Tuesday, August 19, 2014
(July 1982, U.S.)
NIGHT SHIFT is a great example that even the greatest of us have rather simple and humble beginnings. Mind you, this wasn't exactly the beginning for Ron Howard, not even his first film (he'd previously directed a low budget car picture for Roger Corman called GRAND THEFT AUTO in 1977 while he was still on HAPPY DAYS). Still, when you're watching the rather silly lunacy of NIGHT SHIFT, it's hard to believe this is the same man who'd give us great future titles like BACKDRAFT (1991), APOLLO 13 (1995) and A BEAUTIFUL MIND (2001).
Even before I get into the contents of the film itself, I find it necessary to discuss my overall before and after interpretation of Henry Winkler first. You see, up until 1982, my exposure to this man had been one of a rather solid human being of strength and stamina, and I'm not just speak of the Fonz! Even as HAPPY DAYS was just in its infancy, he'd done a film called THE LORDS OF FLATBUSH (1974) in which he plays the same sort of 1950's greaser-type. During the show's run, he starred in HEROES (1977) as a struggling Vietnam vet and in THE ONLY AND ONLY (1978) as a wrestler; both characters of a certain degree of strength and stamina. Now all of a sudden in NIGHT SHIFT, Winkler plays a common, simple morgue attendant named Chuck who's (frankly) nothing short of a hopeless wimp! His mannerism has changed, his voice has changed and his entire sense of self-confidence has changed. In other words, Arthur Fonzarelli he is not! As a man of this rather "underground" profession, his displeasure at being demoted to the night shift supervisor is exacerbated by the unexpected and irrational exuberance of Bill Blazejowski (played by a young, unknown pre-Batman Michael Keaton), his new coworker. As they slowly and reluctantly become friends, both men soon become inspired by the unfortunate plights of Chuck's prostitute neighbor, Belinda (played by a pre-Cheers Shelly Long), to apply Chuck's M.B.A. education and Bill's entrepreneurial, if not unrealistic (edible paper and feeding mayonnaise to live tuna?? Hey, why not!) spirit to open a prostitution service with headquarters at the morgue. As pimps, these two guys are a whole lot more honest and gentle with the ladies and their money than your run-of-the-mill-average New York City asshole pimp. Then again, that's exactly what can get them into trouble with those very same pimps. You see, it's all cinematic silliness and sexual lunacy that was rather perfectly times during an era of the 1980s when sex comedies for young people was all the rage. And of course, there's love, too. Because clearly in the real world, morgue attendants fall in love with hookers (works for me!)!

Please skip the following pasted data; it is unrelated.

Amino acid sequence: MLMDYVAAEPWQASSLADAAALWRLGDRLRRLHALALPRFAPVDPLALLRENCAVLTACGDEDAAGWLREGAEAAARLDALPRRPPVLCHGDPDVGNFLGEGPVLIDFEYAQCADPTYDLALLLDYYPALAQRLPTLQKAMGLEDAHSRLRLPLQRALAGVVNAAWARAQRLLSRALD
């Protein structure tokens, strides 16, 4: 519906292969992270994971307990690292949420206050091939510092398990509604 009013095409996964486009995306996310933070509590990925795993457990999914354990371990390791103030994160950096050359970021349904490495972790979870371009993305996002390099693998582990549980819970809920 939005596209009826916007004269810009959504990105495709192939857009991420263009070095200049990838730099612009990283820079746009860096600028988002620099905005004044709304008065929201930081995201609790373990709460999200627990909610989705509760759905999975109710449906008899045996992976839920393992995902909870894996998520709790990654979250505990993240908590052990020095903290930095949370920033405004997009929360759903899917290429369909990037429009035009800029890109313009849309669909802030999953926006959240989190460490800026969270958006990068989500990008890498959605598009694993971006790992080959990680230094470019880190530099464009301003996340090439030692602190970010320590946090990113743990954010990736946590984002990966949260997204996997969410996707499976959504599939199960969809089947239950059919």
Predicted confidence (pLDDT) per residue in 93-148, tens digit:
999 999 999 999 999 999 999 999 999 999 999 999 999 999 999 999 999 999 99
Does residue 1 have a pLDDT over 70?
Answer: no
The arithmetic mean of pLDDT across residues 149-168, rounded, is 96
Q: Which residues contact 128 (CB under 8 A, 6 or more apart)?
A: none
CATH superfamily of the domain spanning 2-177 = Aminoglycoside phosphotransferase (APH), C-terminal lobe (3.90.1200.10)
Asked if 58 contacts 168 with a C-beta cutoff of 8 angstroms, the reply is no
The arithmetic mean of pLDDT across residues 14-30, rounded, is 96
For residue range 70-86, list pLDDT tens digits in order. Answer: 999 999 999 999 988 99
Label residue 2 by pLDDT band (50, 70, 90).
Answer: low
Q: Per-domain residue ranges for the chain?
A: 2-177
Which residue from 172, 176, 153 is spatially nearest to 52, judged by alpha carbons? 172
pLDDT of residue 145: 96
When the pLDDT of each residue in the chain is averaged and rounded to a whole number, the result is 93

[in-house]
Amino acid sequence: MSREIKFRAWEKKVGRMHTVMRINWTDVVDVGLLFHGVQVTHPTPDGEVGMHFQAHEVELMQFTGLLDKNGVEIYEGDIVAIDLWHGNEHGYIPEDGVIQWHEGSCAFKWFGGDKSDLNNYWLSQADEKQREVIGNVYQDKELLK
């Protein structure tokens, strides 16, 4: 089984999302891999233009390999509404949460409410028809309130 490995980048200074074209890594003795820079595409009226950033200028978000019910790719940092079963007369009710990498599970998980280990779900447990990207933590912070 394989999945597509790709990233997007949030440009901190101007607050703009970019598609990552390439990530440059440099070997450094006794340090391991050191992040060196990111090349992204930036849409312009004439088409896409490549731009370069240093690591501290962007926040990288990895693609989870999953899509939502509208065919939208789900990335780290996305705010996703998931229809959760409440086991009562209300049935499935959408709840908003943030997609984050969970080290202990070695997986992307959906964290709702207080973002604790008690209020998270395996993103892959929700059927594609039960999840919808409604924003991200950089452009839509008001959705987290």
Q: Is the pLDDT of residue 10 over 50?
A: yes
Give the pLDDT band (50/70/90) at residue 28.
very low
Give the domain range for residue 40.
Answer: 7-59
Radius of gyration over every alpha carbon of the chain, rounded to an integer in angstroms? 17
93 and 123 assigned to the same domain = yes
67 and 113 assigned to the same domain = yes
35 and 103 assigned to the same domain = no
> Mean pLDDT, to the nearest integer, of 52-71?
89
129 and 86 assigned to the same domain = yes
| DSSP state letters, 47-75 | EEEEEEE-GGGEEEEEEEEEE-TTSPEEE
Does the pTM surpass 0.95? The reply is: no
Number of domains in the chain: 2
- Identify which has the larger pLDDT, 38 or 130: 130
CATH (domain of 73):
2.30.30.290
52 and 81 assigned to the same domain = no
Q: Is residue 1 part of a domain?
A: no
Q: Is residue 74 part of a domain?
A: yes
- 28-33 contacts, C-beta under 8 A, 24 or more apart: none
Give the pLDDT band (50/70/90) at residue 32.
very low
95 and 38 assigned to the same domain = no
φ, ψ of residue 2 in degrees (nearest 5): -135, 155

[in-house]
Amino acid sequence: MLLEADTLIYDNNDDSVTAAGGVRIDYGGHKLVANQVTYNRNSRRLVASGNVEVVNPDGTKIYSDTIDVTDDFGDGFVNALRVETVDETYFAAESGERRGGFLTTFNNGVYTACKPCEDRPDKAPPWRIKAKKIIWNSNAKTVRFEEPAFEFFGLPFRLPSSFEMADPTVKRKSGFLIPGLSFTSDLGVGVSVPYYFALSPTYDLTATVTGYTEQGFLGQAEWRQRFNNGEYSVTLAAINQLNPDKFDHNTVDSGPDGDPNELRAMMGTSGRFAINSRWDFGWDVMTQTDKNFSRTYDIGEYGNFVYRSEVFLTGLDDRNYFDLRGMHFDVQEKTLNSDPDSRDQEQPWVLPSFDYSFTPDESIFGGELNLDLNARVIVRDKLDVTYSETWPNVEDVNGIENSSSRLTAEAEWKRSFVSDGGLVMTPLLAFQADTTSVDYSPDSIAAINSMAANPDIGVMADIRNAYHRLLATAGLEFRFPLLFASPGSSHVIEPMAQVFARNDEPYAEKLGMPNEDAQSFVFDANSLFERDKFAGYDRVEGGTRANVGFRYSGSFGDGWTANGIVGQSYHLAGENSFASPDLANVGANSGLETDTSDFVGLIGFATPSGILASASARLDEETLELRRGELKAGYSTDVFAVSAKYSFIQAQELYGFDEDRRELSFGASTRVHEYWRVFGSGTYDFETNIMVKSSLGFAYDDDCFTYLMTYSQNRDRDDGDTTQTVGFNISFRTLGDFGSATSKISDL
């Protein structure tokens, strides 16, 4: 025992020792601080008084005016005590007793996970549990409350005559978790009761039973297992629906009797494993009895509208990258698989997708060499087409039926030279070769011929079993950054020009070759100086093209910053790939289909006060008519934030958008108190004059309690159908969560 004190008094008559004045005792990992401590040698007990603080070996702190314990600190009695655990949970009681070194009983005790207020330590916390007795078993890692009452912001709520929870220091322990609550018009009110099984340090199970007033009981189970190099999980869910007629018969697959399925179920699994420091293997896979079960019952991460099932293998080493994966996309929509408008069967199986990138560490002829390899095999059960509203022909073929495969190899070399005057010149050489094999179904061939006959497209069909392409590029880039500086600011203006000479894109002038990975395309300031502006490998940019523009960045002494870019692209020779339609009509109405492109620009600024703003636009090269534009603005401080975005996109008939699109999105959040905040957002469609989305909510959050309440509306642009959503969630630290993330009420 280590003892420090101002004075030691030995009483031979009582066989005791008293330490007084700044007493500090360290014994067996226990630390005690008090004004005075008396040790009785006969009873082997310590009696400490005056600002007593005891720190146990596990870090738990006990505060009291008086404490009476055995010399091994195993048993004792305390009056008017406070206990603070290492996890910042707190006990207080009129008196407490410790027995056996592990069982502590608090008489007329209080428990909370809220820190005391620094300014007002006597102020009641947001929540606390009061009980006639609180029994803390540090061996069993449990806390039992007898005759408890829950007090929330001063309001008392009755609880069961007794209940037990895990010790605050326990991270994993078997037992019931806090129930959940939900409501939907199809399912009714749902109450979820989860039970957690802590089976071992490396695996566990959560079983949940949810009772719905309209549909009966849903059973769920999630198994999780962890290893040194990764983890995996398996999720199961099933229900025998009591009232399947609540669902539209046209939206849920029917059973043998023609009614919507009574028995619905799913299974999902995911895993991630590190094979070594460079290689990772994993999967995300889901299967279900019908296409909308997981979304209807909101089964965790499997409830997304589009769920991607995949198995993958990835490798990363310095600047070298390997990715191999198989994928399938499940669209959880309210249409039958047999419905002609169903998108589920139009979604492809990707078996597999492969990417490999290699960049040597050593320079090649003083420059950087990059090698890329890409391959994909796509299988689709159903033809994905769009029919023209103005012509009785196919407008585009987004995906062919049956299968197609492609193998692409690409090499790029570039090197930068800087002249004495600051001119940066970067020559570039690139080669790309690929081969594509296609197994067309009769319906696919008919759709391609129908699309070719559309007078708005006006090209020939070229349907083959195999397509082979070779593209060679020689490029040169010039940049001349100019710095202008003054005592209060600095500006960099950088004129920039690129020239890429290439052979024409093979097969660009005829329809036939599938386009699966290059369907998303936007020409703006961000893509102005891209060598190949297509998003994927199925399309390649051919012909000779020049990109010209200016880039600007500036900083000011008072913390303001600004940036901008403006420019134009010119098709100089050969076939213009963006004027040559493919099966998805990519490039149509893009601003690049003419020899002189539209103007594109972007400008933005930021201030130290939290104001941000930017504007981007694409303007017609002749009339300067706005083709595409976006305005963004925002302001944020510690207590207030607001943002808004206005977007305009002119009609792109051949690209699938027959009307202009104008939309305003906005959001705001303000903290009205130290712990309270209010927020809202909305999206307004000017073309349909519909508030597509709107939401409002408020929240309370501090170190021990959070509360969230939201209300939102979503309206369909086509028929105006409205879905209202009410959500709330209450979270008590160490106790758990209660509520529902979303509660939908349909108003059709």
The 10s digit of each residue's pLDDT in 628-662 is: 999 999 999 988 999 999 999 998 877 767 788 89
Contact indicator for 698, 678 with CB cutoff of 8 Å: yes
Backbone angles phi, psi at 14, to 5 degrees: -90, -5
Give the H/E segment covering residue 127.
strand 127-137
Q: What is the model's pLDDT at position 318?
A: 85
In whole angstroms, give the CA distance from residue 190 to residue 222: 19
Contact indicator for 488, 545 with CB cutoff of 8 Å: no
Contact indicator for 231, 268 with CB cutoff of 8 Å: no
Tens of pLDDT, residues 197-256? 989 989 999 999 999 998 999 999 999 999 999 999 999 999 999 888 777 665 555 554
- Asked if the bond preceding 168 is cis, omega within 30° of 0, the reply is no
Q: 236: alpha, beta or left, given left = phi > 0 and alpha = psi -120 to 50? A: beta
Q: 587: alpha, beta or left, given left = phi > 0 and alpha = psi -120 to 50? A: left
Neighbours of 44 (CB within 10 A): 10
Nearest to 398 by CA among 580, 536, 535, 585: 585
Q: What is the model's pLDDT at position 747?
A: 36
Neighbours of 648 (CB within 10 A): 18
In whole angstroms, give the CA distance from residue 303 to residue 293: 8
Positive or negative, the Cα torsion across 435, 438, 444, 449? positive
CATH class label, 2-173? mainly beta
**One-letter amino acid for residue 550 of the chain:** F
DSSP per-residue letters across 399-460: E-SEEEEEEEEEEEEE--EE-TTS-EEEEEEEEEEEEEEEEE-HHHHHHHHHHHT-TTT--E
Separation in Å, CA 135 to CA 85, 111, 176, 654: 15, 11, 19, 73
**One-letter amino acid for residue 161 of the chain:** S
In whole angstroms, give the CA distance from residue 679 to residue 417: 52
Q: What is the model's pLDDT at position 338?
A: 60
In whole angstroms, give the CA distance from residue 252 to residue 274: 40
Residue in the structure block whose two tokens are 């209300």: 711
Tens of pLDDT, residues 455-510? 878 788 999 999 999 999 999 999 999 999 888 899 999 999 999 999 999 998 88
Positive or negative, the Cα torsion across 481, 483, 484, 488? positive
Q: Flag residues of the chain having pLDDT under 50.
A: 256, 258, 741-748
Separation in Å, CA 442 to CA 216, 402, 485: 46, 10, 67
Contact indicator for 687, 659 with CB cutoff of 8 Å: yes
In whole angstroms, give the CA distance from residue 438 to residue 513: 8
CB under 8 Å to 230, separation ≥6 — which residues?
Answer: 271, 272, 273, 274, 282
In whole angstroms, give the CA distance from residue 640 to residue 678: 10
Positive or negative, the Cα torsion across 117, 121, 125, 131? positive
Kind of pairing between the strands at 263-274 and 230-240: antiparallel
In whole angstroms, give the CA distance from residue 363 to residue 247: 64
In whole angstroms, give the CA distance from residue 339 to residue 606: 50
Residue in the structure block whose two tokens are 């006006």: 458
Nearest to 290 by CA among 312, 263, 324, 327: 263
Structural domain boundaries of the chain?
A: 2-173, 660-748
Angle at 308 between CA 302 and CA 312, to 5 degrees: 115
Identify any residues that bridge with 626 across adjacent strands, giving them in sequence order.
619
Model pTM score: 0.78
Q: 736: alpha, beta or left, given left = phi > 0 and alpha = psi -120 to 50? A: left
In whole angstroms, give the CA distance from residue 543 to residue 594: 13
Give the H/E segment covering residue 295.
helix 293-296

Now bear in mind, despite the low budget silliness of NIGHT SHIFT, it's certainly not without elements that one would later expect from a Ron Howard film, or any other gifted director, for that matter. Winkler and Keaton actually deliver very good performances and feed off of each other's chemistry very well. As an example of a film that tries to combine elements of sex and comedy together, it's proves more effective than many other attempts of that period. As a comedy of prostitution, it may very well serve as a precursor to Tom Cruise's RISKY BUSINESS only a year later. There's also a good use of music during the right moments of the film that include a live version of "Jumpin' Jack Flash" by the Rolling Stones, "You Really Got Me" by Van Halen and a popular '80's tune called "Talk Talk" (band name is the same) during a nightclub scene. Somehow, by the time it all comes together, NIGHT SHIFT is very 80s and very funny, nonetheless.
Favorite line or dialogue:
Bill: "You tellin' me to shut up?"
Chuck: I'm telling you to shut up! I will tell your recorder so that you don't forget!
(picks up tape recorder and turns it on)
Chuck: "Hello, this is Chuck to remind Bill to SHUT UP!"